In our first reading from the second Book of the Kings, we see the prophet Elisha rewarding a Shunemite woman for her kindness to him by telling her that she will bear a son within a year. She and her husband had made him welcome whenever he passed and had even built a small room for him. Being childless was a great stigma at the time and so he lifts that stigma as thanks for her kindness and hospitality to him. Christ echoes this in the gospel passage in that he tells us that we must always show kindness and hospitality to others. In this way we are living out the gospel precepts and will be rewarded. There is also a reminder that in welcoming others awe are welcoming Christ himself who is to be found in the hearts of others. We must be worthy of the life Christ won for us and be prepared to defend it and nourish it, otherwise, in our case, Christ’s sacrifice will have been for nothing.
St Paul tells us in the second reading that we have already died with Christ in baptism and now live a new life with him. As Christ was raised from the dead so too will be raised we for living a life worthy of that great gift.
Feast of St Thomas the Apostle
Ephesians 2:19-22; Psalm 116; John 20:24-29
The first reading from St Paul’s letter to the Ephesians tells us that we are all part of God’s household and that that household has the Apostles and prophets for its foundations. In the gospel, we see St Thomas doubt the words of the others when they say that Jesus has risen and appeared to them. When Jesus appears to them again eight days later, Thomas is in the room and believes once he can physically touch the Lord. In this way Thomas represents all peoples down through the centuries who have not personally seen the Risen Lord. Thomas’ great declaration of faith – “My Lord and my God” – should be all the proof we need.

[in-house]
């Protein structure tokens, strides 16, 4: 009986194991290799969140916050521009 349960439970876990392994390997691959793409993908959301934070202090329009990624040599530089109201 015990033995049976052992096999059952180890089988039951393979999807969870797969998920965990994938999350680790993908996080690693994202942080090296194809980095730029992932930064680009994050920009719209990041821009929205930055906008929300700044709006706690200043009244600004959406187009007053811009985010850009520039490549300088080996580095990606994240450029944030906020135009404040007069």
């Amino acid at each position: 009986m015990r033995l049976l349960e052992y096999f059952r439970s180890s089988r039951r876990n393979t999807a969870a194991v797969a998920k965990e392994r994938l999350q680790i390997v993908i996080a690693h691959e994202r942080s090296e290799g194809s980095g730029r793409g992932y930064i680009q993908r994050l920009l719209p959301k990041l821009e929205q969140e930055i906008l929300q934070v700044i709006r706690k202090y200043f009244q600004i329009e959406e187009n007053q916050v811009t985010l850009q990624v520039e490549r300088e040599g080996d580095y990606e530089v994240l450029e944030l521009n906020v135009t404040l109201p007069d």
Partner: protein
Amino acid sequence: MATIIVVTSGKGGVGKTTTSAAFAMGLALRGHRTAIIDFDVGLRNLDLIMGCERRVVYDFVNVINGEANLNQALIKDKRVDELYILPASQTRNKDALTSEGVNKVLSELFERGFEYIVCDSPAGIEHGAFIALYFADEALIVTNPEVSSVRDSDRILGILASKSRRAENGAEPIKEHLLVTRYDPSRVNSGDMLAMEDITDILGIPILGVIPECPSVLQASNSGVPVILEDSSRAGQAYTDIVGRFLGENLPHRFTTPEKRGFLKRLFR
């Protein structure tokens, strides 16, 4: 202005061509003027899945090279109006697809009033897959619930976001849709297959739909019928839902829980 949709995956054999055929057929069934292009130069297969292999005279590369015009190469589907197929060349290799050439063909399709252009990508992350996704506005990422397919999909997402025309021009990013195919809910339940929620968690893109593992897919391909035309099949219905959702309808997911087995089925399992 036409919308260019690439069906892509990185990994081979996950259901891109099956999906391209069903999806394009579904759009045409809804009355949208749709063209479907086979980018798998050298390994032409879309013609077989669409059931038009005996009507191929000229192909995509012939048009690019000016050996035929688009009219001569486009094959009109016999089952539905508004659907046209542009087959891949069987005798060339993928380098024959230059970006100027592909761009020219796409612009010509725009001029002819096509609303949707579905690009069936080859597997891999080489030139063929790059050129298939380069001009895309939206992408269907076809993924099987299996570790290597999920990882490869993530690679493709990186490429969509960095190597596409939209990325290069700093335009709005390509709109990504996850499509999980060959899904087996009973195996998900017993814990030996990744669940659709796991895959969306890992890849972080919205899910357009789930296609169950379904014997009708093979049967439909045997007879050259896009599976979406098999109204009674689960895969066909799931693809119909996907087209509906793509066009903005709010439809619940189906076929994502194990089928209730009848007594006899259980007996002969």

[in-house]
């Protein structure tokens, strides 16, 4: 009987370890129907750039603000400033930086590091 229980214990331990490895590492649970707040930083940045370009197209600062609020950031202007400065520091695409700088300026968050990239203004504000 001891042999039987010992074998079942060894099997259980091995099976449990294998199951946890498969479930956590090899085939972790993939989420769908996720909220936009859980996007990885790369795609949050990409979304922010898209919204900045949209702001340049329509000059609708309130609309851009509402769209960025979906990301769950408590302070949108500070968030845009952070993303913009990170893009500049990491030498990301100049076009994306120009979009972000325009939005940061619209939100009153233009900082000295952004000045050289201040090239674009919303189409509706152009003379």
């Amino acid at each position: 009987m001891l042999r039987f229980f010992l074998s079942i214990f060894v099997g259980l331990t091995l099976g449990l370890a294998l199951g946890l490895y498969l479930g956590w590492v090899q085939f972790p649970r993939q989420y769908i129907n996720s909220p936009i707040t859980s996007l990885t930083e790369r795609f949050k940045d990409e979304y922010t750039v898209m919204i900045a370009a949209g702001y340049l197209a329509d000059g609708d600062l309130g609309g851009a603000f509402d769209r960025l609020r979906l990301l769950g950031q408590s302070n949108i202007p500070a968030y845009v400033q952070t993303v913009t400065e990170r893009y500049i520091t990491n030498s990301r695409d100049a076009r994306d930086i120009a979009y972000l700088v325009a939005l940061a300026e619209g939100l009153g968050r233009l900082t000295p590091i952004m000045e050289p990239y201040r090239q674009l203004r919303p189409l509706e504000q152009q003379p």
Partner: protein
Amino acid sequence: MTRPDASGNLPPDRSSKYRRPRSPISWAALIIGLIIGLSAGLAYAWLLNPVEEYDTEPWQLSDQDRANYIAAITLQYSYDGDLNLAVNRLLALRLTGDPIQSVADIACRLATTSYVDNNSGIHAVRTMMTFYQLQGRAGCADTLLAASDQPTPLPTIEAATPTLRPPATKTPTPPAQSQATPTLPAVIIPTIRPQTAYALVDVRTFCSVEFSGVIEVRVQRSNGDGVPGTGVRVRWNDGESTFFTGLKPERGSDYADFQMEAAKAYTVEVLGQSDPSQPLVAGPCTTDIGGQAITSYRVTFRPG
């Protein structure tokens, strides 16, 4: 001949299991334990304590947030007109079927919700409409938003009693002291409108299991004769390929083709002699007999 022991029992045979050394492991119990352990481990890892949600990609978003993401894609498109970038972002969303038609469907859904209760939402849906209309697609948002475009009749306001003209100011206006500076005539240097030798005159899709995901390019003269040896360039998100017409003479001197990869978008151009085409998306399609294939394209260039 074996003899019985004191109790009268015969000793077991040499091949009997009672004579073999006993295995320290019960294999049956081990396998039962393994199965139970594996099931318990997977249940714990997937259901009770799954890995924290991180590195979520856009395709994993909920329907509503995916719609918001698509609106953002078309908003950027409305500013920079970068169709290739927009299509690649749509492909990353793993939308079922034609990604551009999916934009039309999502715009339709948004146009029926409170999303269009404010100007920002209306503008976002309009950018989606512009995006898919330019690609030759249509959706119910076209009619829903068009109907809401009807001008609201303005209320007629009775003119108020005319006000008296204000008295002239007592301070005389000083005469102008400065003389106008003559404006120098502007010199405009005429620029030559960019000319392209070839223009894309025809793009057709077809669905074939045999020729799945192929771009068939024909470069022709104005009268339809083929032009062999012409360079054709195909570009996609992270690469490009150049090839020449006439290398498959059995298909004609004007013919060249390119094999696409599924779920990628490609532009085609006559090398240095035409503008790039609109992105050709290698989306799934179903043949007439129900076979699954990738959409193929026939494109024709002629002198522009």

Very little is known about Thomas other than what is found in the Gospels. Also known as Didymus (The Twin) his questioning of Christ’s teaching and his disbelief in the resurrection show that even the closest followers of Christ had doubts and that, even in doubting, the Lord is there to give strength and guidance. Tradition holds that he brought the faith to Southern India where he is said to have died. He is the patron saint of architects, builders and India.
Tuesday of the Thirteenth Week in Ordinary Time
Genesis 19:15-29; Psalm 25; Matthew 8:23-27
In our previous section from Genesis we read that the Lord wished to destroy Gomorrah because of the sinfulness of the people but promised Abraham that he would spare it if he found ten just men living there. Today we see that only Lot, his wife and his two daughters were found to be just and the cities of Sodom and Gomorrah were destroyed after the angels had saved Lot and his family. In our Gospel we see Jesus out on the lake with the disciples when a storm blows up and the disciples panic. Jesus calms the storm showing them his power and authority even over nature itself. This is a reminder of just who Christ is – the Lord of Creation – and that we should always strive to live out the Gospel values unlike the people of Sodom and Gomorrah. While we might feel as though we are alone in this, like Lot and his family, when all is said and done it is the Lord whom we must serve and not our fellow mortals.